Energy Harvesting Helps Power Sensors for the Internet of Things

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Energy Harvesting

Jennova Energy Harvesting Technology

Energy harvesting can power the many sensors that are associated with the Internet of Things, says Terry Pennisi, CEO and founder of  Jennova in this podcast interview (click on the player above to listen).

When there’s energy available as the result of fans or motors running, this energy can be harvested to power things like sensors that send data to the Internet, he explains.

“You have waste energy available, and you harvest it to make it useable, for example, for the Internet of Things,” Pennisi says in the interview.

Energy harvesting can power sensors that provide valuable real-time information to the Internet, he says.  Or, energy harvesting can power things like LED flashlights, he says.

Basically, the technology can be hooked up to anything rotating, like a fan, he explains. “We attach magnets to generate sharp pulses. Our circuit amplifies the pulses.” The harvesters collect and store energy that can power many different types of devices.

“Our energy harvesting is not practical for home use,” he says. “But industrial pumps and motors are running all the time” and energy can be harvested from that constant motion.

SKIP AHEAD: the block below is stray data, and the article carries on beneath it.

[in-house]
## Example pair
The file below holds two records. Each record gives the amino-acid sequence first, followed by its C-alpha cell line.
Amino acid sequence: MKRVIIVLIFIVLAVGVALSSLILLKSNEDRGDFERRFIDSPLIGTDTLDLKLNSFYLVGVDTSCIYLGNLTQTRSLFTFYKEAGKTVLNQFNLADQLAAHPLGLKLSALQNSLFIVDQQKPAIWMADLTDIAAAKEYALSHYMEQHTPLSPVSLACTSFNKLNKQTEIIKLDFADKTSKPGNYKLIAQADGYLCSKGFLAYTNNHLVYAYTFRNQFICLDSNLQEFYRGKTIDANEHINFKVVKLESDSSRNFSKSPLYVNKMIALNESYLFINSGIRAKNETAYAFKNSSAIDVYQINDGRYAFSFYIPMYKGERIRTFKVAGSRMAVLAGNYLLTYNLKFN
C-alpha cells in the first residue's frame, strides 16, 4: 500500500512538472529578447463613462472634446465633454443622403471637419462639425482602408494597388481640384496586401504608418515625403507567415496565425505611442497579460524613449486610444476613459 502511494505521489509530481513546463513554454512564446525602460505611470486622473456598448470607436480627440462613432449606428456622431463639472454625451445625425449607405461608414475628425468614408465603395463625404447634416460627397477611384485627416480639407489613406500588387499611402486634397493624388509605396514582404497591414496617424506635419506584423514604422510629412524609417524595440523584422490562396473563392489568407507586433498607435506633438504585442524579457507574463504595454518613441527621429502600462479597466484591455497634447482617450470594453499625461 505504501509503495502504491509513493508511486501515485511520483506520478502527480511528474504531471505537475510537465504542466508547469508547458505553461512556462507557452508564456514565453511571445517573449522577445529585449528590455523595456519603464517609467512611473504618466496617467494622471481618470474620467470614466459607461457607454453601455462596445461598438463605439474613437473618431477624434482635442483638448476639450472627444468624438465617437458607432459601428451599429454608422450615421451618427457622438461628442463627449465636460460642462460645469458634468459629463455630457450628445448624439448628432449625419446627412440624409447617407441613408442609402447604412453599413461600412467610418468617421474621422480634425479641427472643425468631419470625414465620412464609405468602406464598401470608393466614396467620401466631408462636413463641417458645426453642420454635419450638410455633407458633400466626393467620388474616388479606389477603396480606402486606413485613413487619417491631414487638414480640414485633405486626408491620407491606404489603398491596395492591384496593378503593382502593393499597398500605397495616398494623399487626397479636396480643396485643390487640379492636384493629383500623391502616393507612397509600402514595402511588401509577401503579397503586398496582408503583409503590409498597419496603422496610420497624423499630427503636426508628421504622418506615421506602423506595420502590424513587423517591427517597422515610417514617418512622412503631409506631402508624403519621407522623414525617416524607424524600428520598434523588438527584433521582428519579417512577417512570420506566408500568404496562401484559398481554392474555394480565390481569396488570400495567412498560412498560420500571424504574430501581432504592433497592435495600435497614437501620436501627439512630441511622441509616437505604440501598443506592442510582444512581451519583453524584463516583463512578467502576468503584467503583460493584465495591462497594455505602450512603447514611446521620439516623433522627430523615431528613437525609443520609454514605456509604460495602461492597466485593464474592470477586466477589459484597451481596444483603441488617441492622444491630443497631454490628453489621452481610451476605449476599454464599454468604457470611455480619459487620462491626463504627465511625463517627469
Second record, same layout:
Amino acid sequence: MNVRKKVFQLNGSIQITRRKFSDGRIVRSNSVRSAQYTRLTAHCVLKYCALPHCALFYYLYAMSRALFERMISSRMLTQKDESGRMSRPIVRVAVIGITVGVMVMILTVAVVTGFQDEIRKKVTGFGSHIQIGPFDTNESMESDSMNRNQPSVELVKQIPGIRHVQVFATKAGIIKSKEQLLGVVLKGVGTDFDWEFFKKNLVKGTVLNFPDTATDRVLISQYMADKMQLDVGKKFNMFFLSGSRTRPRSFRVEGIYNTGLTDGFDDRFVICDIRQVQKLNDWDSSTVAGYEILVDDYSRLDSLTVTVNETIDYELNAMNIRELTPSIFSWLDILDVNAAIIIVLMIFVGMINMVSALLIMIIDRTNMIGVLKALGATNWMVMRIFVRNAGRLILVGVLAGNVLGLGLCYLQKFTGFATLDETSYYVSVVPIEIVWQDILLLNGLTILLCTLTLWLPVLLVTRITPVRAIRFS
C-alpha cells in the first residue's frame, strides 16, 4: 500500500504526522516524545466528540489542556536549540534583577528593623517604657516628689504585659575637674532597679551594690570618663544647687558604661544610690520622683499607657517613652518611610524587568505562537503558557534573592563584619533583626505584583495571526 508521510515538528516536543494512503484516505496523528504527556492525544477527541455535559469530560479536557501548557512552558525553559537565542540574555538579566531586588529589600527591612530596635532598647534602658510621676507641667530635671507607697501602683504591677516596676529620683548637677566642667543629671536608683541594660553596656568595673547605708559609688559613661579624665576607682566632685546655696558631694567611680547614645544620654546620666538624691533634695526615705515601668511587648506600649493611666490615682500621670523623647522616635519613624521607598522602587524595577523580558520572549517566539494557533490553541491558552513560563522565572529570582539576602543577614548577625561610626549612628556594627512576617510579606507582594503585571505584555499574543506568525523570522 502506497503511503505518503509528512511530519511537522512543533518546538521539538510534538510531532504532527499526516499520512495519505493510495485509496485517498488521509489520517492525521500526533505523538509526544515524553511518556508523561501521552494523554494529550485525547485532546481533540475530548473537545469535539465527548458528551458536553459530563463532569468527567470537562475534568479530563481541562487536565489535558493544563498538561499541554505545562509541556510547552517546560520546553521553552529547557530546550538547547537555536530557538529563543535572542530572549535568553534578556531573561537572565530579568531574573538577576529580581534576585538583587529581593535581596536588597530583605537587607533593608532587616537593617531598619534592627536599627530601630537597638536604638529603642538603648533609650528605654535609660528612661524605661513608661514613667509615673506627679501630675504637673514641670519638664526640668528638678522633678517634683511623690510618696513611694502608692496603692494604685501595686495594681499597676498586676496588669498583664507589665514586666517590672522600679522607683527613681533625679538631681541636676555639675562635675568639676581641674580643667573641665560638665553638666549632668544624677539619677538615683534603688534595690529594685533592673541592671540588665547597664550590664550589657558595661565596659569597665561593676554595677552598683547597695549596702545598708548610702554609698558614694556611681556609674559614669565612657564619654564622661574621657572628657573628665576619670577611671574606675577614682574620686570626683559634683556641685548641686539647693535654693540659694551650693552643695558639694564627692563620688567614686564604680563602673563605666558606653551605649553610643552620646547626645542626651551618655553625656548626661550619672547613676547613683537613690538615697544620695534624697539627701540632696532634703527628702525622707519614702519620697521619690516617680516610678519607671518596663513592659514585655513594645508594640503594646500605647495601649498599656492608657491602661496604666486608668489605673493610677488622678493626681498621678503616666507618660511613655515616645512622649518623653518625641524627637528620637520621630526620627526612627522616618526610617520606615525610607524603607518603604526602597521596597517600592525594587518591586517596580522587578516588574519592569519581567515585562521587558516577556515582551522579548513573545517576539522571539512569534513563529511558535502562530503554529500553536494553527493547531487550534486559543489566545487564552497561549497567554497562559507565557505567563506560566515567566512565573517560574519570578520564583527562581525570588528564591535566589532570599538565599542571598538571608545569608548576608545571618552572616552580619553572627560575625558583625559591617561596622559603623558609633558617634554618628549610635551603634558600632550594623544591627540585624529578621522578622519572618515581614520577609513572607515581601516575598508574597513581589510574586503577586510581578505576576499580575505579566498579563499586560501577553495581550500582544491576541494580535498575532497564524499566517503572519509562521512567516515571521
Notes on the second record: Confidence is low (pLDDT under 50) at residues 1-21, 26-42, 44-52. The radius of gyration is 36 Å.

The market for energy harvesting technology is driven in part by environmentally conscious companies using sensors to measure and meter their energy and water use, he says in the interview.
“A growing group of manufacturers and retailers want to become sustainable.  They want to mange energy and want their supply chain to be sustainable. This is a growing consciousness, and is a great movement.  How do you know how much gas or electricity you’re using? A person with a clipboard used to collect data. Today you put sensors on water meters and electric meters and have real time data monitoring.”
And with energy harvesting powering the sensors, the companies can become just a little bit more sustainable.
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Comments

  1. Can this be used on an electric bike to recharge the battery?

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